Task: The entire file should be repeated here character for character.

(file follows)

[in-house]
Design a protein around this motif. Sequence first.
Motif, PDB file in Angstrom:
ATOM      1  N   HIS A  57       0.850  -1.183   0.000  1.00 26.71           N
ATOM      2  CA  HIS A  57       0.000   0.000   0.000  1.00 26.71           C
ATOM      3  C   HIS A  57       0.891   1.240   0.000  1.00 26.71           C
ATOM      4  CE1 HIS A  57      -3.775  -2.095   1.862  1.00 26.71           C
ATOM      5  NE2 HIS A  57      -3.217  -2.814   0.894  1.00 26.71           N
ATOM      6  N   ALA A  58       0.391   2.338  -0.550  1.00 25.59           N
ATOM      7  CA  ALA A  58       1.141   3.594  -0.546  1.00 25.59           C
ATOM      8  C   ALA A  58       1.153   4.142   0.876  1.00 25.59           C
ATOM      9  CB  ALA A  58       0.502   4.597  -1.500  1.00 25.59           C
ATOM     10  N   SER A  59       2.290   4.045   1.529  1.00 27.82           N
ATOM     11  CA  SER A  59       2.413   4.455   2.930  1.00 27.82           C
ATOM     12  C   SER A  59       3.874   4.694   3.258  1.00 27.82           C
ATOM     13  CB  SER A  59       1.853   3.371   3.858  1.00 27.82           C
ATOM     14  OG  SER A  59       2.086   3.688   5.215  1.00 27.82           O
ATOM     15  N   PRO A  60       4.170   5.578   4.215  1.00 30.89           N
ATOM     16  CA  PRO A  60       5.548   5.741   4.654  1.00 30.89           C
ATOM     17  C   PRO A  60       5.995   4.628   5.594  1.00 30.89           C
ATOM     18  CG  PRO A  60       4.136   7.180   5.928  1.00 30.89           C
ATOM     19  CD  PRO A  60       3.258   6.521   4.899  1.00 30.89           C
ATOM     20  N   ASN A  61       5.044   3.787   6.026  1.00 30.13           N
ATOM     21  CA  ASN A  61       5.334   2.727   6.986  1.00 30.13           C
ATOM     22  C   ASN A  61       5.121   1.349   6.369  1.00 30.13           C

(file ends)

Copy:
[in-house]
Design a protein around this motif. Sequence first.
Motif, PDB file in Angstrom:
ATOM      1  N   HIS A  57       0.850  -1.183   0.000  1.00 26.71           N
ATOM      2  CA  HIS A  57       0.000   0.000   0.000  1.00 26.71           C
ATOM      3  C   HIS A  57       0.891   1.240   0.000  1.00 26.71           C
ATOM      4  CE1 HIS A  57      -3.775  -2.095   1.862  1.00 26.71           C
ATOM      5  NE2 HIS A  57      -3.217  -2.814   0.894  1.00 26.71           N
ATOM      6  N   ALA A  58       0.391   2.338  -0.550  1.00 25.59           N
ATOM      7  CA  ALA A  58       1.141   3.594  -0.546  1.00 25.59           C
ATOM      8  C   ALA A  58       1.153   4.142   0.876  1.00 25.59           C
ATOM      9  CB  ALA A  58       0.502   4.597  -1.500  1.00 25.59           C
ATOM     10  N   SER A  59       2.290   4.045   1.529  1.00 27.82           N
ATOM     11  CA  SER A  59       2.413   4.455   2.930  1.00 27.82           C
ATOM     12  C   SER A  59       3.874   4.694   3.258  1.00 27.82           C
ATOM     13  CB  SER A  59       1.853   3.371   3.858  1.00 27.82           C
ATOM     14  OG  SER A  59       2.086   3.688   5.215  1.00 27.82           O
ATOM     15  N   PRO A  60       4.170   5.578   4.215  1.00 30.89           N
ATOM     16  CA  PRO A  60       5.548   5.741   4.654  1.00 30.89           C
ATOM     17  C   PRO A  60       5.995   4.628   5.594  1.00 30.89           C
ATOM     18  CG  PRO A  60       4.136   7.180   5.928  1.00 30.89           C
ATOM     19  CD  PRO A  60       3.258   6.521   4.899  1.00 30.89           C
ATOM     20  N   ASN A  61       5.044   3.787   6.026  1.00 30.13           N
ATOM     21  CA  ASN A  61       5.334   2.727   6.986  1.00 30.13           C
ATOM     22  C   ASN A  61       5.121   1.349   6.369  1.00 30.13           C